Mukta began her treatment of the levels of visual decision by focusing on the beauty of the actual piece of adornment. The item of jewelry or clothing, she said, must be good-looking. She likes to change her jewelry often, and, like most married women in Banaras, she buys new glass bangles regularly. But unlike others, Mukta also changes her nath (nose ring), bichiya (toe rings), and payal (anklets) with frequency; she finds it fun to vary her “compulsory” jewelry.

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2. Idoma Warriorhood and the Pax Britannica

Sidney Littlefield Kasfir Indiana University Press ePub



Ichahoho olébè òche (Ichahoho eats [the meat of] human beings)!

—War cry formerly sung by the Ichahoho mask, Ekpari clan, Akpa District

By contrast with that of the East African pastoralists, Idoma warriorhood in central Nigeria was inscribed within a much more widespread and formulaic colonizing discourse: barbarism that had to be eradicated in order to bring civilization in Africa. David Livingstone, the nineteenth century’s most popular explorer-missionary, summed up the more benign representation of this civilizing mission: “We come upon them as members of a superior race and servants of a God that desires to elevate the more degraded portions of the human family” (Jeal 1973, 382).1 Frederick Lugard, the great architect of British colonial policy, justified colonization much more graphically fifty years later:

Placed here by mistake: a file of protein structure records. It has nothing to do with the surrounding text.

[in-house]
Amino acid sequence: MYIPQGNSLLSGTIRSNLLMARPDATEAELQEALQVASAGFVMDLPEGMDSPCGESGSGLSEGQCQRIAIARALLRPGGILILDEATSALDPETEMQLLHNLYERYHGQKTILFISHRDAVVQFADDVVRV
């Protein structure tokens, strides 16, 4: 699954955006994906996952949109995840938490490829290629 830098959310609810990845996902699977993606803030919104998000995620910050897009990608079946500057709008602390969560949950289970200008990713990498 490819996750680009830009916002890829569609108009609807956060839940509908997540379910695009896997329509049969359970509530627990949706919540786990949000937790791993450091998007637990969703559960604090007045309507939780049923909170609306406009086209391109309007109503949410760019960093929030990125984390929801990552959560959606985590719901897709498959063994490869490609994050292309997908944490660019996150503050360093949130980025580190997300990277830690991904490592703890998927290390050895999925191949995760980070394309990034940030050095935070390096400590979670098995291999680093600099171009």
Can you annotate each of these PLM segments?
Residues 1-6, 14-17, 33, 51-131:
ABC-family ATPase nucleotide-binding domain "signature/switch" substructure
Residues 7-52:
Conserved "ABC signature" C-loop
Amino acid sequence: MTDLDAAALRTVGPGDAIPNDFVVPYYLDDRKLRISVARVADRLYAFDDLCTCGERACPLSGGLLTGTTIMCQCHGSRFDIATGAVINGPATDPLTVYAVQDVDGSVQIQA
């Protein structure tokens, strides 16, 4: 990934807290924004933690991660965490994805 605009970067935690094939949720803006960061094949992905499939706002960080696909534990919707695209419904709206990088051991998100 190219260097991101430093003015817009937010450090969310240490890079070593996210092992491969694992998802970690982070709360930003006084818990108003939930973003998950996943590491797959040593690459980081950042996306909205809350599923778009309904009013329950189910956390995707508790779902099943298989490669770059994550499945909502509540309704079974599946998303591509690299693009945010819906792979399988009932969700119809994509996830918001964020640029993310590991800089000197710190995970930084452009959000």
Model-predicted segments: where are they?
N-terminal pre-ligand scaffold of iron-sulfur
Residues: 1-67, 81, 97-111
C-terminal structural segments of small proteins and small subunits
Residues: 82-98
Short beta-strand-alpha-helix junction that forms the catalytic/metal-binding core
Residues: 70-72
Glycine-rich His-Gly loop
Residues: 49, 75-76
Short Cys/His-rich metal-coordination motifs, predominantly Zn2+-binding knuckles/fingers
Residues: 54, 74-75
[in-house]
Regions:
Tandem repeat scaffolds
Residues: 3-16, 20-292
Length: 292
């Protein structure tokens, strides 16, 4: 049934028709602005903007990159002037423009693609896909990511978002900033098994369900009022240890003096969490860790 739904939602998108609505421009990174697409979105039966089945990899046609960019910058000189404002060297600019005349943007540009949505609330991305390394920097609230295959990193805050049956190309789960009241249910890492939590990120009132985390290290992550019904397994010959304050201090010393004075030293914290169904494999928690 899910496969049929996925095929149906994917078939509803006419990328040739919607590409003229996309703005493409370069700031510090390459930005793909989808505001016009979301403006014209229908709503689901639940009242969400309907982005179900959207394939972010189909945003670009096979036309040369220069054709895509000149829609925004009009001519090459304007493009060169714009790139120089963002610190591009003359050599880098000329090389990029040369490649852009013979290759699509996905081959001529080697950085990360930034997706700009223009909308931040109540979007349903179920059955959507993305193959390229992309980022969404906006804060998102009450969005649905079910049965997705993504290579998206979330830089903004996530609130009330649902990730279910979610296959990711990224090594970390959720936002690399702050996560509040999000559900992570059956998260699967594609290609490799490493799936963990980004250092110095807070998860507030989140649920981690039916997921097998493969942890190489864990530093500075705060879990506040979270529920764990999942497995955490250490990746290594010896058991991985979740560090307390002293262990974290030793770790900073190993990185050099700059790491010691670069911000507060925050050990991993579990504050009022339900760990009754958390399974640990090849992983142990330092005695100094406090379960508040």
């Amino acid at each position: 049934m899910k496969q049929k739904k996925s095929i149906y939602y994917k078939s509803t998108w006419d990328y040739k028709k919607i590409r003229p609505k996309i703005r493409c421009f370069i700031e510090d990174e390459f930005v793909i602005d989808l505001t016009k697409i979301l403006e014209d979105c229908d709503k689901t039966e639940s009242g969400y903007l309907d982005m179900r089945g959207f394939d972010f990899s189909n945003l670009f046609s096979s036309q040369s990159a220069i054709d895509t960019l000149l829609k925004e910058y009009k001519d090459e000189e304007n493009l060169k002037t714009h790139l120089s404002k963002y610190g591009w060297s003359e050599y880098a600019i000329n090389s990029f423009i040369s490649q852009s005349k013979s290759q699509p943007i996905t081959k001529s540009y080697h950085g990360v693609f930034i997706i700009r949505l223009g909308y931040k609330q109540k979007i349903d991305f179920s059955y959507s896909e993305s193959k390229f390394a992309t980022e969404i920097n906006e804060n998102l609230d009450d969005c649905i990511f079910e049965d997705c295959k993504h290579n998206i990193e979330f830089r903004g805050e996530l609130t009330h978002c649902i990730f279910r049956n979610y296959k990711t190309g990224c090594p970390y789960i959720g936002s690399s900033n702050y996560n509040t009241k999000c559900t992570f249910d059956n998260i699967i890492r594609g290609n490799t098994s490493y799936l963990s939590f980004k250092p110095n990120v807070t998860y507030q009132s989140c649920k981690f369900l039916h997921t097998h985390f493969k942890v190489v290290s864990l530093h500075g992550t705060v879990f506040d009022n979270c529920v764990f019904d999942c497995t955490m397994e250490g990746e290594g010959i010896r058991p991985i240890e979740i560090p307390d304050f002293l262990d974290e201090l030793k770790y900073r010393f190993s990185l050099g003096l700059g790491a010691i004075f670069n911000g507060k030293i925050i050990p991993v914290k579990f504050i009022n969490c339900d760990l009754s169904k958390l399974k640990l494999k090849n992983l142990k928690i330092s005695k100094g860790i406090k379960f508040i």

The South [in Nigeria] was, for the most part, held in thrall by Fetish worship and the hideous ordeals of witchcraft, human sacrifice, and twin murder. The great Ibo race to the East of the Niger … and their cognate tribes [e.g., Idoma] had not developed beyond the stage of primitive savagery. In the West, the Kingdom of Benin—like its counterpart in Dahomey—had up to 1897 groaned under a despotism which revelled in holocausts of human victims for its Fetish rites. (Lugard 1919/1968, 56)

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Olive Jensen Theisen University of North Texas Press PDF


TRANSITION: 1949–1957

u  u  u

Houston, 1949–1957

I went to Greenwich Village very early and found I didn’t have anything in common with the people there… I felt that if I had anything to say, I would have to say it in the South. I wanted to come where I felt the black people’s roots really are—and they are in the South.

—John Thomas Biggers, quoted in Felts and Moon,

“Artist Series: An Interview with John Biggers”

Fig. 2.1

Artist at Texas

Southern University,


John Biggers returned to his roots in the South in 1949, when he agreed to come to Houston from Pennsylvania State University to establish an art department at

Texas State College for Negroes. (The college became Texas Southern University in 1951.) Dr. R. O’Hara Lanier, the president of Texas Southern, was a Hampton

Institute alumnus who was already familiar with Biggers’s work. Through the suggestion of Susan McAshan, a prominent patron of the arts in Houston, Lanier offered Biggers the position at the college. As Biggers remembered: “While I was still at Penn State, Jim Dorsey, the dean of the division of fine arts at Texas Southern, called from Texas and said they’d like to have something of mine for the opening ceremony at the new Julius C. Hester